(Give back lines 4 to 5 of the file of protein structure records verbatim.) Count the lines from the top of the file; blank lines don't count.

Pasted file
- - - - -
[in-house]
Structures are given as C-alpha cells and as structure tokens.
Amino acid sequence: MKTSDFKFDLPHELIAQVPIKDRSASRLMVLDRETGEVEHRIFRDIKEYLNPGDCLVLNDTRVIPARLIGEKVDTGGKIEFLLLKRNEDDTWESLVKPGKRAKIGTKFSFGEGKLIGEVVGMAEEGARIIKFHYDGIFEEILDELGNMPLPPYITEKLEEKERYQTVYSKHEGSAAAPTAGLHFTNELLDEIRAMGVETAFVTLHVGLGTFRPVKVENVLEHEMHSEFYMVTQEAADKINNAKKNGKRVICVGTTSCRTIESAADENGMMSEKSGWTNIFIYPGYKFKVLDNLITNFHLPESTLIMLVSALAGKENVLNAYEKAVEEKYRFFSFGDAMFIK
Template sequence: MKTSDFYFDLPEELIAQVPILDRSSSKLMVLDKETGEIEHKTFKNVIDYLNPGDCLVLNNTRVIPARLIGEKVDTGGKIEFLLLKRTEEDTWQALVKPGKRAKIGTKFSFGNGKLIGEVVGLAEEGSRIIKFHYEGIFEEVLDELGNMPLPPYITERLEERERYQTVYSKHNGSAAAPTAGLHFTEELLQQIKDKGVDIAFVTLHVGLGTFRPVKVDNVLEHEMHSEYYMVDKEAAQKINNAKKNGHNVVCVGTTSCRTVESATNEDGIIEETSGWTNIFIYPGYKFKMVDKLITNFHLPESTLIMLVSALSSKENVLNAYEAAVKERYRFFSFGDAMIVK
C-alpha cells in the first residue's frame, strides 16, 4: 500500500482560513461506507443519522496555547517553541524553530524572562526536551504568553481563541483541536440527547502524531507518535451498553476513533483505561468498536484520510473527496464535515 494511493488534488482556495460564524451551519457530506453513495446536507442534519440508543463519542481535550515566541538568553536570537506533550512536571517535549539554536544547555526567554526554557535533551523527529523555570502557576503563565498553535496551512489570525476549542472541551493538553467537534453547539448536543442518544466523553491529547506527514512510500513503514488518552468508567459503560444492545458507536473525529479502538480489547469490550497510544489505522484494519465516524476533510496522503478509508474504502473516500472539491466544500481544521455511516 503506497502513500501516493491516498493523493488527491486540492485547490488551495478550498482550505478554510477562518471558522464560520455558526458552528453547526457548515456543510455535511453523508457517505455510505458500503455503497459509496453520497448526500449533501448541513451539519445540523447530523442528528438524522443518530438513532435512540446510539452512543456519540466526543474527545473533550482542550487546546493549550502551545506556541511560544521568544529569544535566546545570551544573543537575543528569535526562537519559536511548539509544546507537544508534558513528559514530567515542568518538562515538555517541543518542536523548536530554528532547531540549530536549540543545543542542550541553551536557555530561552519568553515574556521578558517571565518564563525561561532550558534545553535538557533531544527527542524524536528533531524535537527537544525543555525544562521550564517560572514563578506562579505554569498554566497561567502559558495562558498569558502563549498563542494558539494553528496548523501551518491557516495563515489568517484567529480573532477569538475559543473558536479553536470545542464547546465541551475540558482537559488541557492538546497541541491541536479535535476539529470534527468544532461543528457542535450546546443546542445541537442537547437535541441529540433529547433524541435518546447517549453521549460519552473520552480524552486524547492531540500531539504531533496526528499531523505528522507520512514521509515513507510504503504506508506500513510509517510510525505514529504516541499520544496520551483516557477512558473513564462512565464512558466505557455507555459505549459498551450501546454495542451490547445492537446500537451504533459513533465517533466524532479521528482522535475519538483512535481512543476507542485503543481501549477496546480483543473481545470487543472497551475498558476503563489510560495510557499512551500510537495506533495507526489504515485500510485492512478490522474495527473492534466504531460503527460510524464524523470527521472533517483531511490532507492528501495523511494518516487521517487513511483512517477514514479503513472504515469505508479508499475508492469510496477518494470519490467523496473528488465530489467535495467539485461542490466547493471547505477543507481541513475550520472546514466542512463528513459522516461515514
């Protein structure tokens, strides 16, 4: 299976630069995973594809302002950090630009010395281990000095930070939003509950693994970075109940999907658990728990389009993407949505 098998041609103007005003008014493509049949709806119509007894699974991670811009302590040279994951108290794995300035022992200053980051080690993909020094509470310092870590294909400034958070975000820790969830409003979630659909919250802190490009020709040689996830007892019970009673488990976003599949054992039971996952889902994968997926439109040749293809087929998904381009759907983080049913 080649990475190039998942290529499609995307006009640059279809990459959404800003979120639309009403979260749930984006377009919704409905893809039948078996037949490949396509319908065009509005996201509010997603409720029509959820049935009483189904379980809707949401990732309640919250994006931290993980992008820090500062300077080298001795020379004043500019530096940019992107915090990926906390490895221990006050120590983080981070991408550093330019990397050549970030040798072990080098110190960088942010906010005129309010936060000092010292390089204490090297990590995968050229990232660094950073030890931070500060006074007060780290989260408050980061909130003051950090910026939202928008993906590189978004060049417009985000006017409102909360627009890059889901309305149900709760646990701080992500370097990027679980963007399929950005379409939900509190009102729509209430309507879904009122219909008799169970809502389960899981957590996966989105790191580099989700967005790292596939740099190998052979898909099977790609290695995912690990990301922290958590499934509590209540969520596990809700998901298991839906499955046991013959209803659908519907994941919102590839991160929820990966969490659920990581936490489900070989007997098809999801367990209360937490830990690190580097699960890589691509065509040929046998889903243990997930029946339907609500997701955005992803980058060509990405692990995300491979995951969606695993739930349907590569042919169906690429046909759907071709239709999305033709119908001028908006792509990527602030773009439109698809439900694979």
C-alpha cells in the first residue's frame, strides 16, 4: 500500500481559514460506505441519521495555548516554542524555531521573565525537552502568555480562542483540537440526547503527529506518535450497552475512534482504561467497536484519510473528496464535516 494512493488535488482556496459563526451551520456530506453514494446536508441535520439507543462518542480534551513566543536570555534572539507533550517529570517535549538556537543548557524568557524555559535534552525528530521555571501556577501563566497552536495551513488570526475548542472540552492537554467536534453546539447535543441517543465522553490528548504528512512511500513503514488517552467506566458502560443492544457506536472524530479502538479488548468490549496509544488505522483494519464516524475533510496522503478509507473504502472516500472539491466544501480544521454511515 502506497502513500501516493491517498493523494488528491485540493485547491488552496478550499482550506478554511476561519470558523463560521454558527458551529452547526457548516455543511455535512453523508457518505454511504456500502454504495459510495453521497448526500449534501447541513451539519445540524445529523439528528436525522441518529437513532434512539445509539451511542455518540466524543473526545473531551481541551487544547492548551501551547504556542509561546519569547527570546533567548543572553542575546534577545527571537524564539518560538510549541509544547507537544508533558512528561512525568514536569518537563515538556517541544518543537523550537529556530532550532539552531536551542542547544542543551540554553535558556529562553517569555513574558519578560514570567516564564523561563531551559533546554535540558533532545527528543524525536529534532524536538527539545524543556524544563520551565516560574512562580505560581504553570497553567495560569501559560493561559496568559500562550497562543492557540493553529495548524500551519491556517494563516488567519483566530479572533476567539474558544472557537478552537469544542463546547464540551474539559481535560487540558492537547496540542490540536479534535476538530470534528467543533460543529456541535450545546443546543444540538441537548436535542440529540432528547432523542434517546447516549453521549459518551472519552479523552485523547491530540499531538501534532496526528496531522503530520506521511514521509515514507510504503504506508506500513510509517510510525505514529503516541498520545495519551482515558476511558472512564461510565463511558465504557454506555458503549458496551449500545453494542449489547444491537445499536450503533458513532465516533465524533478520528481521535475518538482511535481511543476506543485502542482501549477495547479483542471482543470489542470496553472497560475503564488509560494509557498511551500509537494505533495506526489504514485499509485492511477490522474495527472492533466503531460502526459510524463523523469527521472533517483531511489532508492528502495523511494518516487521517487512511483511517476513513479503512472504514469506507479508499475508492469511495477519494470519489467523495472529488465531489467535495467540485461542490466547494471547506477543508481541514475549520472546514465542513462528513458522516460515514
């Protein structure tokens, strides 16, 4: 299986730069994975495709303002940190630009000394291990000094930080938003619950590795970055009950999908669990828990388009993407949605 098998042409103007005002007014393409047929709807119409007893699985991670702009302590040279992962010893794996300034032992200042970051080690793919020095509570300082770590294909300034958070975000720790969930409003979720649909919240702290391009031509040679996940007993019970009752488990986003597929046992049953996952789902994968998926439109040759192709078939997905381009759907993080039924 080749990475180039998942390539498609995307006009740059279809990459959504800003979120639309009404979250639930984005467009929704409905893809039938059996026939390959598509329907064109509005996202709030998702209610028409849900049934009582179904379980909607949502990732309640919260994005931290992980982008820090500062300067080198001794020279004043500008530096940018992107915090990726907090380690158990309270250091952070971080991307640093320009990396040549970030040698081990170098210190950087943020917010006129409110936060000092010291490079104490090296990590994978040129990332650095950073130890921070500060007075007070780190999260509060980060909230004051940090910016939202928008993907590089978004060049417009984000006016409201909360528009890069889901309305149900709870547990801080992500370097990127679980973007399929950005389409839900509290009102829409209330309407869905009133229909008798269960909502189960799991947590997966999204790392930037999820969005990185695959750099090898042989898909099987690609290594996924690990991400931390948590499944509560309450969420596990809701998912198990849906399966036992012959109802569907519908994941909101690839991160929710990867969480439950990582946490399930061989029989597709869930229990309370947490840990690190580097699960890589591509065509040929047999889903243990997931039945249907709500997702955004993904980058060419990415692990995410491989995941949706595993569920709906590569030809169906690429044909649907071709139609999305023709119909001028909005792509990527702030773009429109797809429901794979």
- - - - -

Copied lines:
Template sequence: MKTSDFYFDLPEELIAQVPILDRSSSKLMVLDKETGEIEHKTFKNVIDYLNPGDCLVLNNTRVIPARLIGEKVDTGGKIEFLLLKRTEEDTWQALVKPGKRAKIGTKFSFGNGKLIGEVVGLAEEGSRIIKFHYEGIFEEVLDELGNMPLPPYITERLEERERYQTVYSKHNGSAAAPTAGLHFTEELLQQIKDKGVDIAFVTLHVGLGTFRPVKVDNVLEHEMHSEYYMVDKEAAQKINNAKKNGHNVVCVGTTSCRTVESATNEDGIIEETSGWTNIFIYPGYKFKMVDKLITNFHLPESTLIMLVSALSSKENVLNAYEAAVKERYRFFSFGDAMIVK
C-alpha cells in the first residue's frame, strides 16, 4: 500500500482560513461506507443519522496555547517553541524553530524572562526536551504568553481563541483541536440527547502524531507518535451498553476513533483505561468498536484520510473527496464535515 494511493488534488482556495460564524451551519457530506453513495446536507442534519440508543463519542481535550515566541538568553536570537506533550512536571517535549539554536544547555526567554526554557535533551523527529523555570502557576503563565498553535496551512489570525476549542472541551493538553467537534453547539448536543442518544466523553491529547506527514512510500513503514488518552468508567459503560444492545458507536473525529479502538480489547469490550497510544489505522484494519465516524476533510496522503478509508474504502473516500472539491466544500481544521455511516 503506497502513500501516493491516498493523493488527491486540492485547490488551495478550498482550505478554510477562518471558522464560520455558526458552528453547526457548515456543510455535511453523508457517505455510505458500503455503497459509496453520497448526500449533501448541513451539519445540523447530523442528528438524522443518530438513532435512540446510539452512543456519540466526543474527545473533550482542550487546546493549550502551545506556541511560544521568544529569544535566546545570551544573543537575543528569535526562537519559536511548539509544546507537544508534558513528559514530567515542568518538562515538555517541543518542536523548536530554528532547531540549530536549540543545543542542550541553551536557555530561552519568553515574556521578558517571565518564563525561561532550558534545553535538557533531544527527542524524536528533531524535537527537544525543555525544562521550564517560572514563578506562579505554569498554566497561567502559558495562558498569558502563549498563542494558539494553528496548523501551518491557516495563515489568517484567529480573532477569538475559543473558536479553536470545542464547546465541551475540558482537559488541557492538546497541541491541536479535535476539529470534527468544532461543528457542535450546546443546542445541537442537547437535541441529540433529547433524541435518546447517549453521549460519552473520552480524552486524547492531540500531539504531533496526528499531523505528522507520512514521509515513507510504503504506508506500513510509517510510525505514529504516541499520544496520551483516557477512558473513564462512565464512558466505557455507555459505549459498551450501546454495542451490547445492537446500537451504533459513533465517533466524532479521528482522535475519538483512535481512543476507542485503543481501549477496546480483543473481545470487543472497551475498558476503563489510560495510557499512551500510537495506533495507526489504515485500510485492512478490522474495527473492534466504531460503527460510524464524523470527521472533517483531511490532507492528501495523511494518516487521517487513511483512517477514514479503513472504515469505508479508499475508492469510496477518494470519490467523496473528488465530489467535495467539485461542490466547493471547505477543507481541513475550520472546514466542512463528513459522516461515514